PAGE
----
Fisher are considerably larger than marten at 35 to 40 inches long. Likewise, their home range is considerably larger. In a New Hampshire study in the 1970s, fisher had a home range of about 600 acres. Fisher live-trapped in New Hampshire have been translocated to three other states to help re-establish populations. In 1975, 25 were transferred to West Virginia in exchange for 25 wild turkeys. In the early 1980s, about 30 were transferred to Connecticut; and in the mid 1990s, 175 were shipped to Pennsylvania to re-establish an extirpated population there.

The biggest of New Hampshire's weasels is the RIVER OTTER, at 25 to 40 inches long. These stately creatures of the water are dark chocolate brown in color. Otters may roam as much as nine square miles. As with mink, fish and crayfish make up the majority of their diet. Like other weasels, otters are rarely seen, despite their abundance. The otter sign that I frequently see is where they slide along the snow in the winter.

I've frequently watched otter family groups in the Little Suncook River along the Route 4 highway rest area in Epsom. I often stop to study the dark object on the ice with binoculars in the spring, when the current first opens a winding channel in the frozen Bixby Pond. Otter are powerful animals -- including their jaws. Several years ago, I watched an otter dive from the ice into the water and return with a small painted turtle. It sat on the ice and ate it, shell and all, like a cheeseburger. Otters are mostly fish-eaters, though. I have many times watched them consume huge common white suckers, which they seem to catch easily under the ice. One Fish and Game employee was watching three otters feeding on fish last March, when suddenly an adult bald eagle swooped out of a tree, scaring the otter off and grabbing the fish.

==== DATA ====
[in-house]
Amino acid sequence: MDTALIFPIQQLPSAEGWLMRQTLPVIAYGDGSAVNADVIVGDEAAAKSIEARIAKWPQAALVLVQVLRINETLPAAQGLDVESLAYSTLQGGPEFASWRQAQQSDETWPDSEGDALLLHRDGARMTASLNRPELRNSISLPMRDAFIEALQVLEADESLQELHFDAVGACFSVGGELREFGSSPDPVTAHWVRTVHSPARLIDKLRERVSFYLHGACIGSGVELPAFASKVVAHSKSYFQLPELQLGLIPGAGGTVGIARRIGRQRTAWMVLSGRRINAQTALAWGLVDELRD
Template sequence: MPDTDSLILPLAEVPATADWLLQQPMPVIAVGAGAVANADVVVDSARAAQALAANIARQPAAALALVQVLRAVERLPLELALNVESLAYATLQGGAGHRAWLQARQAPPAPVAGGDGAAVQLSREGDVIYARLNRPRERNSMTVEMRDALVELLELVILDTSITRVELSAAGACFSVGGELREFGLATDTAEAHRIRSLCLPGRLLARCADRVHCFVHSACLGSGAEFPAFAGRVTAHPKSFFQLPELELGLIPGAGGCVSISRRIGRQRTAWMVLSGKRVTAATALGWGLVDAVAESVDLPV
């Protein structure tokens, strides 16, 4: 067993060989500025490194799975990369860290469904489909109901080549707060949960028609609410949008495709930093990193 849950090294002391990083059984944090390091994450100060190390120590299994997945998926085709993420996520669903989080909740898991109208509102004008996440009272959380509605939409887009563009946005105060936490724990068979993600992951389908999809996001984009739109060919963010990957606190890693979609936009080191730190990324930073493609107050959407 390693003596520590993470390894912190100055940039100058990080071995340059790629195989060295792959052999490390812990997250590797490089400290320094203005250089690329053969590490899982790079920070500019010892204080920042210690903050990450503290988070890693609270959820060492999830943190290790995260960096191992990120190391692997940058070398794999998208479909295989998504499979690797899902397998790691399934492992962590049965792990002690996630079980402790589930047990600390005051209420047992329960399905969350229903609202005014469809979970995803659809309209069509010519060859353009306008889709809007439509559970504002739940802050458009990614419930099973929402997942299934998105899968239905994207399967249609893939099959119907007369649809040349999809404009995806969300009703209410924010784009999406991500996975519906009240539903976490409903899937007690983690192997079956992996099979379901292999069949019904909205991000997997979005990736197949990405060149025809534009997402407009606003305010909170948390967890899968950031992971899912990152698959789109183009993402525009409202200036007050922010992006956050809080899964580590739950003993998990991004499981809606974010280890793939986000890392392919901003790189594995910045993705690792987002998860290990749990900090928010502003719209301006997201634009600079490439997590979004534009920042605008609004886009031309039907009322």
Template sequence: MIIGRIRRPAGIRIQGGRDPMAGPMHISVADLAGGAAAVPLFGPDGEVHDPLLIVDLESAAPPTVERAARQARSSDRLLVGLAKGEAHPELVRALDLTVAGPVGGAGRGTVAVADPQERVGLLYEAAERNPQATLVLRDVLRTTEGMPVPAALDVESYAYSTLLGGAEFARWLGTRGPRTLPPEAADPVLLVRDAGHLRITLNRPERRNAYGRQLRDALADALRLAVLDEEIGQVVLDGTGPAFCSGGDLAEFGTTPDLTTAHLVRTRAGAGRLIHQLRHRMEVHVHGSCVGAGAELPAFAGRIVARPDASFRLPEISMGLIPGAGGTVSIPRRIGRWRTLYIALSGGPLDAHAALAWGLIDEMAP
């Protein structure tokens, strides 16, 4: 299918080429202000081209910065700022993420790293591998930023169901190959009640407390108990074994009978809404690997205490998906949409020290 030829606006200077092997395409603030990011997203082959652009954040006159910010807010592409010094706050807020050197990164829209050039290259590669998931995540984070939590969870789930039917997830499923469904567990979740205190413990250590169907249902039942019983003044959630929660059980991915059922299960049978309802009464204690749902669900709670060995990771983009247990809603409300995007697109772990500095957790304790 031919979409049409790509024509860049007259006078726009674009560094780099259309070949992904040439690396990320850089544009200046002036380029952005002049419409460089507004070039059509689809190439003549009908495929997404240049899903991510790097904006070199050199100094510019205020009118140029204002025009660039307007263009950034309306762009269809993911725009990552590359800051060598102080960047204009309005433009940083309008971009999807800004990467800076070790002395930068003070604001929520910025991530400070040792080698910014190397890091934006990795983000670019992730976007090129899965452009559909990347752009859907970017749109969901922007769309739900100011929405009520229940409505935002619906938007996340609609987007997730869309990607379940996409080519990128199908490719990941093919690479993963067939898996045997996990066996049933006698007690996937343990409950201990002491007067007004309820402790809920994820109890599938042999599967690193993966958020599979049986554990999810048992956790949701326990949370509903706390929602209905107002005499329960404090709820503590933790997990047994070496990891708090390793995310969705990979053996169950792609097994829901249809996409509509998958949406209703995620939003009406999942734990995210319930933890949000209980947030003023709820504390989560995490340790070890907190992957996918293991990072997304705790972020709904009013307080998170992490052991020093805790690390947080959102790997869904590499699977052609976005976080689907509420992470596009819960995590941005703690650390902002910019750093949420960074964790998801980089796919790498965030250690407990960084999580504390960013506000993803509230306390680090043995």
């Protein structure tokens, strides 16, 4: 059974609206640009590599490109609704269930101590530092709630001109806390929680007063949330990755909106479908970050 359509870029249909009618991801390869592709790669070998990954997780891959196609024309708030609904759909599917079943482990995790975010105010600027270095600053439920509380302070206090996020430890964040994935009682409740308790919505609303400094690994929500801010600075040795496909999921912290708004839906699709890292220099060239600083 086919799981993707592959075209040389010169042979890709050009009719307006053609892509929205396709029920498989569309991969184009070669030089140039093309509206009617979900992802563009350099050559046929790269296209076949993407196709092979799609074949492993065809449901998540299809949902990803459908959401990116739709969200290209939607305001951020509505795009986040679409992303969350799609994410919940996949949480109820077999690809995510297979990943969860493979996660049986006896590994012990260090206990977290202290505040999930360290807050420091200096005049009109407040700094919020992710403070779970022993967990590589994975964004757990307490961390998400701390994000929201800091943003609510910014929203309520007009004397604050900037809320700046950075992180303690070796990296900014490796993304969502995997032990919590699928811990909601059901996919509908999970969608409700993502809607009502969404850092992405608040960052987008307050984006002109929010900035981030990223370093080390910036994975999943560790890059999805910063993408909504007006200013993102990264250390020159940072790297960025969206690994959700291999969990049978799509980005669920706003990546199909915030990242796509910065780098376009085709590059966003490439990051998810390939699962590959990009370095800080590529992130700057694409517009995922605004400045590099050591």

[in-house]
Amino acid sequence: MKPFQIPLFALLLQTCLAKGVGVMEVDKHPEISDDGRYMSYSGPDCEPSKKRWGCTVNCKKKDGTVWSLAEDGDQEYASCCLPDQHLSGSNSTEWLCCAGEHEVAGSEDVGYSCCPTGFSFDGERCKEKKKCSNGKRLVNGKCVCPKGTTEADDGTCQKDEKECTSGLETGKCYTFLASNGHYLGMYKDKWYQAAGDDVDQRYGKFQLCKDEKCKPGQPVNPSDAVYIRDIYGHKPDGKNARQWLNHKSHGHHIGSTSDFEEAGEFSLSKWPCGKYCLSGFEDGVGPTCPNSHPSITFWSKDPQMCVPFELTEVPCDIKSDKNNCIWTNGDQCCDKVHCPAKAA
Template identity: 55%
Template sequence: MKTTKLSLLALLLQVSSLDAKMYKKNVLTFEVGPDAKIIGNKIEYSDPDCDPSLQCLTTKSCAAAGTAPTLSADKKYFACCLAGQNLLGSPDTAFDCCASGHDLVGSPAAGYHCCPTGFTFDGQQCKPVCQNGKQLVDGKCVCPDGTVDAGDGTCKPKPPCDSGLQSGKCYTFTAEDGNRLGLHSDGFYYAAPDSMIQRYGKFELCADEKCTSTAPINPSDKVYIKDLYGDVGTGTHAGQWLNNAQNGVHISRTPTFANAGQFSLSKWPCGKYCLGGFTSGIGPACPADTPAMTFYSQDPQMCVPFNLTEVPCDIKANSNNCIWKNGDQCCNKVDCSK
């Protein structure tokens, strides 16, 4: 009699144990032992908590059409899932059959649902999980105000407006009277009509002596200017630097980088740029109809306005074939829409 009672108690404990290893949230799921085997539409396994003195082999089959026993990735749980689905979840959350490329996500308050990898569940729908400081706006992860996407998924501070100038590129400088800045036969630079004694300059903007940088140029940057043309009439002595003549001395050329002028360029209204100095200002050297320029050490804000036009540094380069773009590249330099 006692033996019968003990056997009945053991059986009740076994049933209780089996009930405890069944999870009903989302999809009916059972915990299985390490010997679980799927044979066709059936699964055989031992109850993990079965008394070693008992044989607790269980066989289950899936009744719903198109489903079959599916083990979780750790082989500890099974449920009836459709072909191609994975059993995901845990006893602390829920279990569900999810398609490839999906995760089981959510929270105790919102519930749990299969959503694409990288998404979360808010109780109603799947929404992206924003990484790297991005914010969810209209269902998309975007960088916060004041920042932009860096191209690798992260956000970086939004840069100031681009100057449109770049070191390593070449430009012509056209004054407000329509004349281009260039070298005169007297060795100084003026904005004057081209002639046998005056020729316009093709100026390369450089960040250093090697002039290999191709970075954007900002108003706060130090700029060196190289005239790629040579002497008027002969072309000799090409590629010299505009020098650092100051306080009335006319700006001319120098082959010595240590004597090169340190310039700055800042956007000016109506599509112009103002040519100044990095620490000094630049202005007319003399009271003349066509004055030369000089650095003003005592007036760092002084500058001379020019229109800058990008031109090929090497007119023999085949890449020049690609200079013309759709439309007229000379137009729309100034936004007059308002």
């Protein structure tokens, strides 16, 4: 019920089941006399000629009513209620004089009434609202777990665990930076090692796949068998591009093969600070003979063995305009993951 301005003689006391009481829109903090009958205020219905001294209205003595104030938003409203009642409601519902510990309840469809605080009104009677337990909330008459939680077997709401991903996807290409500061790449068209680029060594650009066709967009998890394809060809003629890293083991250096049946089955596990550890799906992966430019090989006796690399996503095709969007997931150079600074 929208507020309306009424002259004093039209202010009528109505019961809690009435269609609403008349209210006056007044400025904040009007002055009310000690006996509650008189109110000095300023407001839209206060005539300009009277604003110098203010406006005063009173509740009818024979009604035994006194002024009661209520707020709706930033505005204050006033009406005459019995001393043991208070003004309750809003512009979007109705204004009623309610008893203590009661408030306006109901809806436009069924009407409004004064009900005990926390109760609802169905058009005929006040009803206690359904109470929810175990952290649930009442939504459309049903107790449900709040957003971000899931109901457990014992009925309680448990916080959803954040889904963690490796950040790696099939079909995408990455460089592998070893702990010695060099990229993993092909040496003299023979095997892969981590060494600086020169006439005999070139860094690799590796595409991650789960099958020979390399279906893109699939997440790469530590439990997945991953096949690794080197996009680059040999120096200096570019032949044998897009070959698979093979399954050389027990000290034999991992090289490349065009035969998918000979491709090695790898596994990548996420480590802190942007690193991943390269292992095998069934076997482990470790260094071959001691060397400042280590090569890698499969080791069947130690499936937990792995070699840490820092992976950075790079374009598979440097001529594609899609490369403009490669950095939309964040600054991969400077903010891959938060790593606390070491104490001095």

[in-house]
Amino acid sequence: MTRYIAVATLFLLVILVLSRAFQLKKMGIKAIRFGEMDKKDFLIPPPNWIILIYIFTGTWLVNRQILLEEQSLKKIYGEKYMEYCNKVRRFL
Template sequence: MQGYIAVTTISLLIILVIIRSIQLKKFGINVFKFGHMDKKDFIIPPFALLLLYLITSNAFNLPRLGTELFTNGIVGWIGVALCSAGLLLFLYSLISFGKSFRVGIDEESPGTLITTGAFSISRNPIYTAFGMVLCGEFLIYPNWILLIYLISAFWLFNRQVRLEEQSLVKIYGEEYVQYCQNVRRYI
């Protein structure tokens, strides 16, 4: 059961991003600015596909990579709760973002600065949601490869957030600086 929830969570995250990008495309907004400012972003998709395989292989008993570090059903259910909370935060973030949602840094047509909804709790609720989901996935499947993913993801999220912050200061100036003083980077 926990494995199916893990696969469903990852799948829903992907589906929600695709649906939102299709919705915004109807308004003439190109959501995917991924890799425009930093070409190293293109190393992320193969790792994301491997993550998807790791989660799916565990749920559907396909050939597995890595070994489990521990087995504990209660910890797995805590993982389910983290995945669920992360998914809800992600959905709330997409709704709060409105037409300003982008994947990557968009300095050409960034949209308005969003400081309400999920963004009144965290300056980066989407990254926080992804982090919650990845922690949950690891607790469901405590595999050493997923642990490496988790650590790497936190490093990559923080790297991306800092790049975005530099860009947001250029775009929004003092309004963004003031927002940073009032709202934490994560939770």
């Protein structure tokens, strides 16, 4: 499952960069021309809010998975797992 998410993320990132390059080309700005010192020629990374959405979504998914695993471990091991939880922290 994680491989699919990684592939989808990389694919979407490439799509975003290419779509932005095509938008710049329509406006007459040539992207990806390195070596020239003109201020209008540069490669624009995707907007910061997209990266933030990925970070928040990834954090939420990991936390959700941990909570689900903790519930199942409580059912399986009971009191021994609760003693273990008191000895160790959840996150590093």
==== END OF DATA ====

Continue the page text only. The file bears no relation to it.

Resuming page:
Otters range over much of North America, but historically their range was much greater. Unregulated trapping in the 1800s, as well as pollution, eliminated them from several states. Ongoing restoration efforts have been successful in many areas, including Pennsylvania, which received a few New Hampshire otters in the early 1990s.

How does the future look for New Hampshire's weasels? To maintain our wonderful diversity and abundance of these sleek predators, we must protect and preserve more of the large wooded habitat blocks in New Hampshire, especially those along our rivers and streams. We must link these areas with wildlife corridors along our rivers by protecting the riparian corridor at streams' edges. Recent studies show that protecting a greenway 300 feet wide along our rivers and streams could maintain nearly 80 percent of the states' diversity of species -- including many of our wily weasels. -- by wildlife biologist Eric Orff